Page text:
Necessity of Irrigation

This post is the first part in a four part series about watering your lawn and landscape.

Every living thing needs water. This includes the grass and plants all around us. Some plants need more water than others, but all plants need hydration.

We have had some hot and dry stretches this summer. As a result, some of the grass and some landscape plants are starting to show it. They are looking lighter green to even brown, and looking dry and starting to wilt. Now most of these plants will recover when mother nature provides rain, but it is best not to find out which ones will and which ones won’t. We have already seen some plants that have fallen victim to the heat and lack of water. This can be avoided.

The best thing to do is to keep your lawn and landscape properly watered. This way your plants will stay healthy. And when it comes to the fall and even next season, the plants in your lawn and landscape can provide the show they are supposed to, and not be catching up from the heat of the summer that has gone by.

Tagged with: ,

Reasons Why Crabgrass Control Does Not Last as Long as Desired

As we get into the middle of summer, we are hoping that our lawns still look perfect. And with a few tasks, that is easily achievable. However, if you start to run short on watering your lawn, and it starts to dry out, evenly slightly, then there may be another problem starting to brew, crabgrass.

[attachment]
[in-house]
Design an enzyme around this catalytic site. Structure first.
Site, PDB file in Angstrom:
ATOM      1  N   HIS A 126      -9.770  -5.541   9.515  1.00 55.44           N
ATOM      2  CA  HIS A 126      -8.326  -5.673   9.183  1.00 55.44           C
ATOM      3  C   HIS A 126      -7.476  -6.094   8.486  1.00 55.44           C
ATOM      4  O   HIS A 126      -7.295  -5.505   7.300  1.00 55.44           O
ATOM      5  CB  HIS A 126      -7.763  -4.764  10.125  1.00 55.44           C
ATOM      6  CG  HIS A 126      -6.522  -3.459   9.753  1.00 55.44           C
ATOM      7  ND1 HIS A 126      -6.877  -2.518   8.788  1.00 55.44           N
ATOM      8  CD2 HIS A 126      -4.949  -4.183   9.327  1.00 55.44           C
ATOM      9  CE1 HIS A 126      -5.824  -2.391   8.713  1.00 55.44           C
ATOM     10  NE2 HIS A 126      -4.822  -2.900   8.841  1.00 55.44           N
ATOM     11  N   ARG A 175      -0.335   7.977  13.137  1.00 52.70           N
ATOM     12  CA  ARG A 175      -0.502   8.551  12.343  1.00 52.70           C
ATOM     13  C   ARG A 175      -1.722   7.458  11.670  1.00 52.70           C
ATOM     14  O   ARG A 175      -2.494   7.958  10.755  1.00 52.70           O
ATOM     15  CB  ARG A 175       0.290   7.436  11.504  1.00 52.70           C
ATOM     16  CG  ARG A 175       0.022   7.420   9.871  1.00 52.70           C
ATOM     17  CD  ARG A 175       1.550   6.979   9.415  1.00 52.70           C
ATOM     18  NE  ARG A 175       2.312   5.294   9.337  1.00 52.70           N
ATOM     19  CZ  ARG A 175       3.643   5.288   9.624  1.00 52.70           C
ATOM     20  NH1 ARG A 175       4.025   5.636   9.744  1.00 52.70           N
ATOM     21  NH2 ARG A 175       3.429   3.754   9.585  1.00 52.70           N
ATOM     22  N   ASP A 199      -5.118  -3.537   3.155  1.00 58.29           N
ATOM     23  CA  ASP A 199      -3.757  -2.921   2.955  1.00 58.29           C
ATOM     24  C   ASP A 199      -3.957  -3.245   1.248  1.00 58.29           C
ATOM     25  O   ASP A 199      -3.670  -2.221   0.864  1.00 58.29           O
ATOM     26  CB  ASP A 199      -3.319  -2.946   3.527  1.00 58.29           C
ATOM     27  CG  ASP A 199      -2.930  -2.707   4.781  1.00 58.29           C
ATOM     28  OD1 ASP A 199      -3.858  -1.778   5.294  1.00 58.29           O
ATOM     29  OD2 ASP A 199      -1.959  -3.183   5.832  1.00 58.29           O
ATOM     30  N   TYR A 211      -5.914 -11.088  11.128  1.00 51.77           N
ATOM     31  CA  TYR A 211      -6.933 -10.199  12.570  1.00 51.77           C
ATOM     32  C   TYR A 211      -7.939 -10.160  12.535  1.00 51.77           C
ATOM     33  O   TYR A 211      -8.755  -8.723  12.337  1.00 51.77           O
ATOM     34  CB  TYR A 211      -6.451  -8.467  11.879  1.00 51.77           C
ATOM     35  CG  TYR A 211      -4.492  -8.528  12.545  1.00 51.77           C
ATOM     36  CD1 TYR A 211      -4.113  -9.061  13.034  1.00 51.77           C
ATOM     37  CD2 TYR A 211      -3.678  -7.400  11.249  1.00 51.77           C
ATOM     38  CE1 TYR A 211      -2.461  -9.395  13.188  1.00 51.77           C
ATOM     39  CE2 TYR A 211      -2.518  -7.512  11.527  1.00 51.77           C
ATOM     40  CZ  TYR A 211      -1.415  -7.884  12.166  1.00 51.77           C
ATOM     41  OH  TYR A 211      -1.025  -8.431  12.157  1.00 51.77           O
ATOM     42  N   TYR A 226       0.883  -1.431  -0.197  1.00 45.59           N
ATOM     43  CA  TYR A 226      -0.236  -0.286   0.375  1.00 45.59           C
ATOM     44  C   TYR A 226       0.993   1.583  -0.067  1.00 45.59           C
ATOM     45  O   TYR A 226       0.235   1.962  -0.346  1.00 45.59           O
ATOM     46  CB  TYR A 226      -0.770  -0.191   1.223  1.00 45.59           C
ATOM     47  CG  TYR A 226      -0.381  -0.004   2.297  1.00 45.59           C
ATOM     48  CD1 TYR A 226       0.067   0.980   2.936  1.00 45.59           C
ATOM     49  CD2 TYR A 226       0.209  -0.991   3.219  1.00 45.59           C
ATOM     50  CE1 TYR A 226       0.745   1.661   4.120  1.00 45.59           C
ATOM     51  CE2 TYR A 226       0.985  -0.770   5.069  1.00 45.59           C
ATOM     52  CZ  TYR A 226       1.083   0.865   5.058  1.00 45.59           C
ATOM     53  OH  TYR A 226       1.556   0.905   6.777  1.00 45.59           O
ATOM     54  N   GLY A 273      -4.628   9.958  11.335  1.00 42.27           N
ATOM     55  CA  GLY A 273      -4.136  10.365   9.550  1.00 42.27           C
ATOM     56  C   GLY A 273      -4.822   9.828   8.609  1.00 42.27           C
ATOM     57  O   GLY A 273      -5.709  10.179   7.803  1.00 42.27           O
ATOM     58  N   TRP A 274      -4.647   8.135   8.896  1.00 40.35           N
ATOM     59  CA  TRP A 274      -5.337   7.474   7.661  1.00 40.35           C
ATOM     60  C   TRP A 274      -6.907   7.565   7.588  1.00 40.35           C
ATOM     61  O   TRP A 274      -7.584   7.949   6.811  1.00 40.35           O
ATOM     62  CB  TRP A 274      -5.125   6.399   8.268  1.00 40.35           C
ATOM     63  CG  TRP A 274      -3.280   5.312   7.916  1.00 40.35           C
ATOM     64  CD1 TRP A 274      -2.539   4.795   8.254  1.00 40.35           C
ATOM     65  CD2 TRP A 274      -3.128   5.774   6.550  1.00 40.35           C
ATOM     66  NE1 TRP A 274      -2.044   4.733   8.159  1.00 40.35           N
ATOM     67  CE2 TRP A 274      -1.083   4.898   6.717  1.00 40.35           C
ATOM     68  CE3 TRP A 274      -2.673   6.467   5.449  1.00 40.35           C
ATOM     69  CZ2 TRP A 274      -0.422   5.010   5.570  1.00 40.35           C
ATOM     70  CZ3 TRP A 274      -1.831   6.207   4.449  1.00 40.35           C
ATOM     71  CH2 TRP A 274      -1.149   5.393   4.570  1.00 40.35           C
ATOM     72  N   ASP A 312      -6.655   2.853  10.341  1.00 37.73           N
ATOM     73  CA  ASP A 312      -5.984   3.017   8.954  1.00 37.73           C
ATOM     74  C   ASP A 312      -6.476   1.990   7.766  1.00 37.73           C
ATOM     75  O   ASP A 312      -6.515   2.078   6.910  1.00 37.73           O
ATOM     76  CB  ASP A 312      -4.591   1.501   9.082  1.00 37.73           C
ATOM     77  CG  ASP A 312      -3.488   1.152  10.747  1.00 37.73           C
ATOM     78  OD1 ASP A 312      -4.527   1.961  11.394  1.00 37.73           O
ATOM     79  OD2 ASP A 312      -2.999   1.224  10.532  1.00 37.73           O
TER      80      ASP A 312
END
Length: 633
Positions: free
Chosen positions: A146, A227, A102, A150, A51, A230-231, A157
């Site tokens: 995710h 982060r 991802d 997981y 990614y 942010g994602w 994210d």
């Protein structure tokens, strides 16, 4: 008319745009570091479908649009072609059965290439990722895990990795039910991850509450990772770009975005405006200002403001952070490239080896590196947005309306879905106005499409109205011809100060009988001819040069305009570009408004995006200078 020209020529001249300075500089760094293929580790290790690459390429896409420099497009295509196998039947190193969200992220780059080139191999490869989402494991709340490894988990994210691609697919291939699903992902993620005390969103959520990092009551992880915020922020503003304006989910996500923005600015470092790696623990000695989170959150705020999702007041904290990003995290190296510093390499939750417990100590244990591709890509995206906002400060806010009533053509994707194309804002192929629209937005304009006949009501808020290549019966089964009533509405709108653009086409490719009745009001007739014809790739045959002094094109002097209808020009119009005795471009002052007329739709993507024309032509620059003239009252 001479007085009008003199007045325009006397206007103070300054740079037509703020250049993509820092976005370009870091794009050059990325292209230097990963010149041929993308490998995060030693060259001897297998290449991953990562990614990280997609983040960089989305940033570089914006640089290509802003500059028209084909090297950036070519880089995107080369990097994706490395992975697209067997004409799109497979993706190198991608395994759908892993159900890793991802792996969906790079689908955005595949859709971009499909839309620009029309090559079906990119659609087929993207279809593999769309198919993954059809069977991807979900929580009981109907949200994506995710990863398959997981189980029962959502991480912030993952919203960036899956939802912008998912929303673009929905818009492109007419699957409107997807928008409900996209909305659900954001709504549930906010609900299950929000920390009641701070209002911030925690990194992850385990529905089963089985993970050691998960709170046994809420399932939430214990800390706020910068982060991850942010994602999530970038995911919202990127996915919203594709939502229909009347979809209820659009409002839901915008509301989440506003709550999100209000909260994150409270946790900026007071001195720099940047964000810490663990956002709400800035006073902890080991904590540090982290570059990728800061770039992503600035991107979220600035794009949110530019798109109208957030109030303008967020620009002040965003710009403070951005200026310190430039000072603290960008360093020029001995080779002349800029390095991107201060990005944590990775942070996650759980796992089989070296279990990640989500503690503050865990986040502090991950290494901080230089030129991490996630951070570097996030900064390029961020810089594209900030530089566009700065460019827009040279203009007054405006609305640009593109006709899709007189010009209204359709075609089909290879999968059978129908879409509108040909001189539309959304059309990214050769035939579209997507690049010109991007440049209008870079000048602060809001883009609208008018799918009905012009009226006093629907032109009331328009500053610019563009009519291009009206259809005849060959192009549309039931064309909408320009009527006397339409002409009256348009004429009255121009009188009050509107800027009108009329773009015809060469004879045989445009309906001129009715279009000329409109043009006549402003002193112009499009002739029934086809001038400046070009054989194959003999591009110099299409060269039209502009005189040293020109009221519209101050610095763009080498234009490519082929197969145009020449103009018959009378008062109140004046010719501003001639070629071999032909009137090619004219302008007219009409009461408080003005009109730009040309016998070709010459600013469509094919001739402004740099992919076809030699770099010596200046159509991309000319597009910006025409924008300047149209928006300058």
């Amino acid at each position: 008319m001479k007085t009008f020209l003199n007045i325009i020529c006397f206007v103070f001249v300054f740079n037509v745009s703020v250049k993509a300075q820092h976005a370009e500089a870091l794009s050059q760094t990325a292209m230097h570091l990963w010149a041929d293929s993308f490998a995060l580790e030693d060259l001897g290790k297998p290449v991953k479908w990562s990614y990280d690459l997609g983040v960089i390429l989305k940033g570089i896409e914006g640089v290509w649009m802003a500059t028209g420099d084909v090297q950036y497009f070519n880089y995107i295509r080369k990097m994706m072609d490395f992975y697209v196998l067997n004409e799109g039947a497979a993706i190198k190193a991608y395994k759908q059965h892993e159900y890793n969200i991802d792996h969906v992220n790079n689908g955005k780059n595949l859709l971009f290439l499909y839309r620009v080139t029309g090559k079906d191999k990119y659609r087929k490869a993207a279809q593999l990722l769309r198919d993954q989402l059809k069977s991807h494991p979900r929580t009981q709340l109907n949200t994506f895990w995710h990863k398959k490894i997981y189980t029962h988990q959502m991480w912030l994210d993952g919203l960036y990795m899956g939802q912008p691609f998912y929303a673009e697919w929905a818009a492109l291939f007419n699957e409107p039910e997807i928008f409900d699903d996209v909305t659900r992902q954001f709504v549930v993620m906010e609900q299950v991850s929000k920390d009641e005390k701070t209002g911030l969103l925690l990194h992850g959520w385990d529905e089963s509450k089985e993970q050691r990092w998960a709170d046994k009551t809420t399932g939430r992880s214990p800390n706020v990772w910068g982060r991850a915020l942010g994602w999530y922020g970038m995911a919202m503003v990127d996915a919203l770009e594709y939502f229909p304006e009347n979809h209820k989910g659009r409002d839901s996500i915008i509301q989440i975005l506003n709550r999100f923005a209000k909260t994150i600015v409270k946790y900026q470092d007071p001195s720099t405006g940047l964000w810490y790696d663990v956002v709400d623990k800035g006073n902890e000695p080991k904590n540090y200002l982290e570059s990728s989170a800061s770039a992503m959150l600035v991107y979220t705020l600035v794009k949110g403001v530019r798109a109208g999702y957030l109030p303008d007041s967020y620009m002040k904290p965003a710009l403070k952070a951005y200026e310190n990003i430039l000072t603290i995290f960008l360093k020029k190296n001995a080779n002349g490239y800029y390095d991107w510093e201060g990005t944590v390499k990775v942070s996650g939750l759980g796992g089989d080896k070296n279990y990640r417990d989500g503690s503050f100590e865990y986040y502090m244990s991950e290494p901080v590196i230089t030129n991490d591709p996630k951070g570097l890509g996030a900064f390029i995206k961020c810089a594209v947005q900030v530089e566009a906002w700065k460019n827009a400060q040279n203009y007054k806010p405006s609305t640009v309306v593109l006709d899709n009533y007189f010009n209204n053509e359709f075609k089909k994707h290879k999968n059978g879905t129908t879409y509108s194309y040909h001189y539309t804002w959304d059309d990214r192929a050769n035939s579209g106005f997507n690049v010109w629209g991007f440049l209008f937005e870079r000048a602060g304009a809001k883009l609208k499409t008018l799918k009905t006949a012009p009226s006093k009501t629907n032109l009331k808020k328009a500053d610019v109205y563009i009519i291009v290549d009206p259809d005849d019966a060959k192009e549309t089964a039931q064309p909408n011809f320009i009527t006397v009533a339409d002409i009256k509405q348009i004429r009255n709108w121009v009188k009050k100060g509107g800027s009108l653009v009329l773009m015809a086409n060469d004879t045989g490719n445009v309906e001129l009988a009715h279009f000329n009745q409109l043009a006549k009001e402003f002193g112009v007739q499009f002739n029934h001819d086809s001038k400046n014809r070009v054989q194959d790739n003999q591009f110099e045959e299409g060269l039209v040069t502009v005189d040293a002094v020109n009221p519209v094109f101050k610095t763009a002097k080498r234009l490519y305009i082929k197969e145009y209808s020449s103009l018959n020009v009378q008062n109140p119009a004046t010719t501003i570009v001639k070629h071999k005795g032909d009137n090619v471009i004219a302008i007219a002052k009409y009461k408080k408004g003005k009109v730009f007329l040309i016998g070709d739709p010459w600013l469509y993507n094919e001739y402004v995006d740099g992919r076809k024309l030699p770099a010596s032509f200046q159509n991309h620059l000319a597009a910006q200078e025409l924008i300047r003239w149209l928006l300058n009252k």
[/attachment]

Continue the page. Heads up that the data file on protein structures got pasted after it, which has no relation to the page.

If your next thought is ‘I put down pre-emergent crabgrass control, why am I seeing crabgrass?’ It comes back to your lawn not getting enough water. It may sound weird, but we will go over how the two are related.

The pre-emergent crabgrass control works by creating a barrier on top of the soil. When the crabgrass seed tries to grow, it reaches the barrier and is killed. Thus no crabgrass is your lawn.

Now when a lawn has a chance to dry out, the soil dries out, and the pre-emergent crabgrass barrier breaks down. The drier the soil and lawn, the faster the barrier breaks down. So you may be thinking, ‘I will just water my lawn to no end’, that is bad as well, don’t do that. Maybe not so directly for the pre-emergent crabgrass barrier, more for the lawn itself. You will drown the lawn in water and the grass will become harmed.

What you should be doing is providing the water that your lawn needs on a regular basis. If it is in the form of rain, then that is good. But if there is no rain, then sprinklers will need to take over for mother nature. Either way, your lawn drying out is not good for trying to keep crabgrass away.

Tagged with: , ,

Happy Independence Day 2018!

We want to wish everyone a happy and safe Independence Day (aka the Fourth of July)! As we celebrate our independence, cannot thank all of the men and women that have served our great country enough for all of the sacrifices that they have made to keep the United States of America free.

I know that this post has nothing to do with lawns or landscape, but everyone needs a time to sit back and appreciate what we have; including our freedom, and the blessing to live in this great country.